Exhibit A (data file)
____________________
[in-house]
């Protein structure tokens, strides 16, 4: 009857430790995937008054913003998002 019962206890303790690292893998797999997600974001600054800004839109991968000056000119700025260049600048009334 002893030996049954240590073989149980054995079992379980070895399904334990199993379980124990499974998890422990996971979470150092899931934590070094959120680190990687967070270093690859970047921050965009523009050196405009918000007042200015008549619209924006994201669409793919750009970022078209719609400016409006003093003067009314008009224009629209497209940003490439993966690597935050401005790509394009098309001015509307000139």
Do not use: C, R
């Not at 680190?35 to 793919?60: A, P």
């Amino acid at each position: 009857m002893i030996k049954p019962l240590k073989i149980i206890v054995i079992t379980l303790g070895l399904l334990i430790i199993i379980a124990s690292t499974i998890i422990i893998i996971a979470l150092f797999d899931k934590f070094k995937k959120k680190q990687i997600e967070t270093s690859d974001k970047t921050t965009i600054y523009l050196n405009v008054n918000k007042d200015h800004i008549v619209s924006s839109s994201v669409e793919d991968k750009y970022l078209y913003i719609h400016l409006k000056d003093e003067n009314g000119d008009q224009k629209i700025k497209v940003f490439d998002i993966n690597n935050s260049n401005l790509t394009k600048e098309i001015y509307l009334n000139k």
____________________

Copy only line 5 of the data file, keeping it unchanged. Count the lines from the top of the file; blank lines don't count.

């Amino acid at each position: 009857m002893i030996k049954p019962l240590k073989i149980i206890v054995i079992t379980l303790g070895l399904l334990i430790i199993i379980a124990s690292t499974i998890i422990i893998i996971a979470l150092f797999d899931k934590f070094k995937k959120k680190q990687i997600e967070t270093s690859d974001k970047t921050t965009i600054y523009l050196n405009v008054n918000k007042d200015h800004i008549v619209s924006s839109s994201v669409e793919d991968k750009y970022l078209y913003i719609h400016l409006k000056d003093e003067n009314g000119d008009q224009k629209i700025k497209v940003f490439d998002i993966n690597n935050s260049n401005l790509t394009k600048e098309i001015y509307l009334n000139k």